20 January 2010

Collected Short Stories Vol 1 Somerset Maugham

First Published in: 1951

There are some writers who once you sample their works, you cannot give up until you have covered a fair share of it. With Somerset Maugham, the challenge is both thrilling as well daunting. Thrilling because here is an author I am so happy I discovered and with whom I almost feel a kindred spirit - in terms of the themes he takes up and his so called cynicism - which is really not cynicism, but a certain astounding ability to discern human weaknesses. He's realistic about people, knowing well that human beings are inconsistent and complex. Also, he realizes that seemingly incongruous traits can exist in the same person. This prevents Maugham from either eulogizing a person too much or berating their depravity. According to Maugham, he could never judge anyone too harshly or be too shocked by sin, precisely because he was guilt-ridden about many things himself and understood only too well that perfection is a myth and that we all live extremely flawed lives. He said, “I take the goodness of the good for granted, and I am amused when I discover their defects or their vices. I am touched when I see the goodness of the wicked, and I am willing enough to shrug a tolerant shoulder at their wickedness.”

The above, in many ways, is the overarching theme of all his stories. The author gives voice to his own thoughts when one of his characters in The Fall of Edward Barnad says, "Perhaps we make too much of a difference between one man and another. Perhaps even the best of us are sinners and worst of us are saints"
His friend in the story is not willing to buy this argument and counters by saying, " You will never persuade me that white is black and black is white"
But almost every short story in this collection - and this quality applies to all the author's works in general - the writer points at the utter futility of catagorising people as good or bad, evil or virtuous. And to establish this truth, he puts his characters through all kinds of situations, delving deep into the recesses of their heart, acutely discerning their motives and the complex emotions that drive them.

There are about 30 stories in all, and each story is a wonder in character creation. And Maugham unfolds them with great relish, layer by layer – like the peeling of an onion. Many of them were written when he travelled far and wide – some of them were British colonies. Quite a few of the stories are based in London and are anecdotal . The Luncheon, Louise, The Promise, The Voice of the Turtle...all are delightful, and bristle with charm and ironic humour. There are some others which raise fundamental questions about religion, love and freedom.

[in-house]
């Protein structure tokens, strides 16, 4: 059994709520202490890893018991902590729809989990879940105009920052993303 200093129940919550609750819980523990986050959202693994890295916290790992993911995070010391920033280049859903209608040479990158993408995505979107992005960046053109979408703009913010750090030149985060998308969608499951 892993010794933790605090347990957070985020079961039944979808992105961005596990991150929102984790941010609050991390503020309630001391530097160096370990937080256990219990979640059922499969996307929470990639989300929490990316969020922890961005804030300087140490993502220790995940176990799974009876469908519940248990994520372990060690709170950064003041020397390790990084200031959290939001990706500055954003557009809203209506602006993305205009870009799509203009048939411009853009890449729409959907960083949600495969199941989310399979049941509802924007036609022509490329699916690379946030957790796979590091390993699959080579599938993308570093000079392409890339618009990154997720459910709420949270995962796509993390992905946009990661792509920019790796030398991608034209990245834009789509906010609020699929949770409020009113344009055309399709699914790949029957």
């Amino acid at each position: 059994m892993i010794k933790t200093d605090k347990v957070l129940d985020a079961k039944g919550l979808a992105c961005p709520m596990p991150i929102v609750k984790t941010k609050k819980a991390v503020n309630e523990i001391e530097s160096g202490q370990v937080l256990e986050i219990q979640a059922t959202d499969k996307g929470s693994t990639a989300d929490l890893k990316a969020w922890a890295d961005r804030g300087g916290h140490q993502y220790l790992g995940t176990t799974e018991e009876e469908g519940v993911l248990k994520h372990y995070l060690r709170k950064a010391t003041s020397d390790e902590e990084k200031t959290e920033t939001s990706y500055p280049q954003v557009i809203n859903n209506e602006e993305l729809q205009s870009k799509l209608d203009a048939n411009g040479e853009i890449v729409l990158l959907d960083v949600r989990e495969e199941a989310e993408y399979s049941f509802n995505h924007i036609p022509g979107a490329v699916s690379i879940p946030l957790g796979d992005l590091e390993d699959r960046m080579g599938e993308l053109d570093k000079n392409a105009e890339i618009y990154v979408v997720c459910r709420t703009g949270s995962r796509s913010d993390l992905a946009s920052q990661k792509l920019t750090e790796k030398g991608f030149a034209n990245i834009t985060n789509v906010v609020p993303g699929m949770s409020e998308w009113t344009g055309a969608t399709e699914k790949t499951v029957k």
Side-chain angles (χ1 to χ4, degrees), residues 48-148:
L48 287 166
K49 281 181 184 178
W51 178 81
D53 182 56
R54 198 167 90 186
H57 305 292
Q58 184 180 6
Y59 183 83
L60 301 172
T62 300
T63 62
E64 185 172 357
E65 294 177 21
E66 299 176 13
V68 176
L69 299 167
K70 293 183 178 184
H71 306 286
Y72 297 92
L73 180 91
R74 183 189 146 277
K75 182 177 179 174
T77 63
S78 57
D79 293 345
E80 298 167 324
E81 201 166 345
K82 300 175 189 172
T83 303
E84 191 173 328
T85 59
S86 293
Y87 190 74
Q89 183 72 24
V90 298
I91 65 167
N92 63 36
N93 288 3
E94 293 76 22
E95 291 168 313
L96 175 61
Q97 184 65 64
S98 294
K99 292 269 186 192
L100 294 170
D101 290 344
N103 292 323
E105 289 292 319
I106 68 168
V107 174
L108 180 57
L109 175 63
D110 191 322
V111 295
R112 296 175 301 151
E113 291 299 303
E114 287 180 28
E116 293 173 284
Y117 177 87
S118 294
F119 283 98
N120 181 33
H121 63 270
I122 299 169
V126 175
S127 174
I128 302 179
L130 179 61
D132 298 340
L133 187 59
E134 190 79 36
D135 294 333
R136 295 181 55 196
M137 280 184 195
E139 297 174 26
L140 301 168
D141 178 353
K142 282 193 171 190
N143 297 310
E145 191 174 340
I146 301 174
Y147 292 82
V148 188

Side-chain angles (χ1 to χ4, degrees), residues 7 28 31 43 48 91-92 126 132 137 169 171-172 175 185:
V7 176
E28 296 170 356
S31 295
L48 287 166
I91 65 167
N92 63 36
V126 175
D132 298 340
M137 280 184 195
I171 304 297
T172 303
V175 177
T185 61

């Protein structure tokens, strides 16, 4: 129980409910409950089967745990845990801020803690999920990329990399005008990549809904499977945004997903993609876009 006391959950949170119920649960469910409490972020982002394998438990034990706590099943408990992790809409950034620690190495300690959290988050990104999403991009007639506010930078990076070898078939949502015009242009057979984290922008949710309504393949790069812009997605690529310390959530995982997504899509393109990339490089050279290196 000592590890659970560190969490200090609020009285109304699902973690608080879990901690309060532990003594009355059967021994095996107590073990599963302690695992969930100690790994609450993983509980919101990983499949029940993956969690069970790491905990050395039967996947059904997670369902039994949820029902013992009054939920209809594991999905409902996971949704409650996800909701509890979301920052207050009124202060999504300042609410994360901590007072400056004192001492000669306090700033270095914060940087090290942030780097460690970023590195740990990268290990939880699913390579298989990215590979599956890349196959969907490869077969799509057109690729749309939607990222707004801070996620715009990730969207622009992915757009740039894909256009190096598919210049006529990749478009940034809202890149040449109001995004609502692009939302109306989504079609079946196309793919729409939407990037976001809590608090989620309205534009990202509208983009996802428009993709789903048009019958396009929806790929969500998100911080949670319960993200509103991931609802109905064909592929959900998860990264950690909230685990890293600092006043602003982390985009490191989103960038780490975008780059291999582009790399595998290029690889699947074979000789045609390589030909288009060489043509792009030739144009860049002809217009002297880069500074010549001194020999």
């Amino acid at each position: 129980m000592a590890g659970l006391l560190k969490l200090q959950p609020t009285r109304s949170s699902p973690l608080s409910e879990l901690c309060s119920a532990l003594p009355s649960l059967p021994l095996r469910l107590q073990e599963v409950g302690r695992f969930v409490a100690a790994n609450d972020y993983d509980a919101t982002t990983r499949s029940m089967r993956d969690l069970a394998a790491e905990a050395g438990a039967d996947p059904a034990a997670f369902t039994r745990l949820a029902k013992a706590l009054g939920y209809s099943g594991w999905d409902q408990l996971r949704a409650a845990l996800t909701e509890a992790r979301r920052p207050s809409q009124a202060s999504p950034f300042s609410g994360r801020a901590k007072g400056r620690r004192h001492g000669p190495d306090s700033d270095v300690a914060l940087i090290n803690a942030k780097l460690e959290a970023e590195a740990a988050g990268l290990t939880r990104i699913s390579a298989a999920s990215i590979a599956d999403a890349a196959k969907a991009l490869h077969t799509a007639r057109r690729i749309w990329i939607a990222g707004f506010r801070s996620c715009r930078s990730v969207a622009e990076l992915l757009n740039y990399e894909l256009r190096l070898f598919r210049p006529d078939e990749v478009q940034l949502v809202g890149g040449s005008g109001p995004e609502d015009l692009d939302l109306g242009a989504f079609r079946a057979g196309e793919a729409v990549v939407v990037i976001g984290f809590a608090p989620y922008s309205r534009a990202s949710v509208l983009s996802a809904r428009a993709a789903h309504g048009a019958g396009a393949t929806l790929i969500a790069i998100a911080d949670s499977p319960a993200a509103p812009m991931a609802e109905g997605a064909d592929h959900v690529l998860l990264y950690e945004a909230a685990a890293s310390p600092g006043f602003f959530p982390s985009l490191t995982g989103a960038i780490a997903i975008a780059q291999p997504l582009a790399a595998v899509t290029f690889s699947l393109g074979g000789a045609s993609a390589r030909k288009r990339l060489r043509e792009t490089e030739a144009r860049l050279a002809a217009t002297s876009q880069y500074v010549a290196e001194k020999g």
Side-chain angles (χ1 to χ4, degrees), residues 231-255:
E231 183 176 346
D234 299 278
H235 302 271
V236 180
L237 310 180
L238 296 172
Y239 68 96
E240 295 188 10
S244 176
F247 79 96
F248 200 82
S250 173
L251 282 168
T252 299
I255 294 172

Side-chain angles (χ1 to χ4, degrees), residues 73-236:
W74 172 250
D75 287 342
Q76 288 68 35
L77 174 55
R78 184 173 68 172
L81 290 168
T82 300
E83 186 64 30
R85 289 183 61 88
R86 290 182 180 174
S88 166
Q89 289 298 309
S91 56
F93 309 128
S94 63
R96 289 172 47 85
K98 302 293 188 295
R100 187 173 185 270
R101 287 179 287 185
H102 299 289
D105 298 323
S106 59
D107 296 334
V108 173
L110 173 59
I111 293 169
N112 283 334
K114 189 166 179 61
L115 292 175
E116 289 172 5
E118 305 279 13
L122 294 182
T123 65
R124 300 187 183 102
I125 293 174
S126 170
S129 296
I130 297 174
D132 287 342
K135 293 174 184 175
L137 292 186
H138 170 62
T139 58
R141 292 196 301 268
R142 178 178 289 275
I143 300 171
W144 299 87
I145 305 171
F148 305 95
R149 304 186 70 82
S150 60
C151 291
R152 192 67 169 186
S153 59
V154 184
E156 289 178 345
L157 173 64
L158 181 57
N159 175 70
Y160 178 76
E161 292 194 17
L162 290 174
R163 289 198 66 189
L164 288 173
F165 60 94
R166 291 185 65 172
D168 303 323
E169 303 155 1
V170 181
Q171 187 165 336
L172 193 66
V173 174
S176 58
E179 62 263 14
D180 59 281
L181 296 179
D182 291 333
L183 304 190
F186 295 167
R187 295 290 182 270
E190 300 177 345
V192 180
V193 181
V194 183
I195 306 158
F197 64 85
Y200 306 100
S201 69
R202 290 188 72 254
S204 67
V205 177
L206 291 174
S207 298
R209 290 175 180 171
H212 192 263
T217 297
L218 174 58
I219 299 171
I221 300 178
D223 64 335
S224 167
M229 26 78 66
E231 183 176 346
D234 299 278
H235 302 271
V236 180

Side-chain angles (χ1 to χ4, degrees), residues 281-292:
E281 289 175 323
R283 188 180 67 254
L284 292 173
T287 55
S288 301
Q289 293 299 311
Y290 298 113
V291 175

As Maugham says in his book, The Summing Up, - themes came to him very easily. He could be talking to someone for an hour and he could envision a story revolving him. Such was the fecundity of his mind! Maugham’s characters are not entirely unusual, but they almost always have a quirk, which the author used to the fullest. He has a very fine sense of drama, so that you are always curious to know what happens next.
Mackintosh, for example, is a story that rests on his ability to sketch out the characters of the chief, Walter and his assistant, Mackintosh. The latter feels a strange mix of envy, hatred and derision for his boss. Walter is a loudmouth, a sadist, uncouth, but not without a roguish charm and a skill for repartee. He rules over the natives with an iron hand, but he also looks out for them like a tiger does for his cubs. Maugham is simply marvelous in his creation of these two persons.

Then there are other stories, where Maugham's skill with characters comes to the fore. The Mother is a poignant tale of a woman, who turns resentful and sullen after spending years in jail. Her only bundle of joy is her handsome son, whom she loves with a rare ferocity. But things go wrong again, and come to a tragic end.
The matriarch in Home is another gem of a creation. Equally enigmatic is the character of the laconic judge in The Happy Couple.

Maugham has written how he enjoyed the format of a short story, because he didn’t have to live with a story for too long. And yet, he believed that these stories no matter how small should be complete in themselves. He didn’t want any of them to trail off. This is partly a characteristic of Maugham’s writing – which is not only lucid, it never fails to make a point ever. This enables his stories to be engaging and dramatic. The flip side to this is that some of the endings to the stories appear too sudden and somewhat unconvincing . For example, in Rain – an otherwise powerful story about religion and its tyrannical propagators - it is never quite clear why the missionary Rev Davidson commits suicide. What are his motivations? The situation in the story and what you know of his character never lead you to believe what he does finally. Quite a few stories have an instance of a death or suicide at the end, but unfortunately, that decision at most times seems born out of the need for an ironic suggestion. You never quite understand why Mackintosh ends his life suddenly. Yes, human being are complex and contradict themselves often in action and words, yet, that can’t explain death/suicide so easily.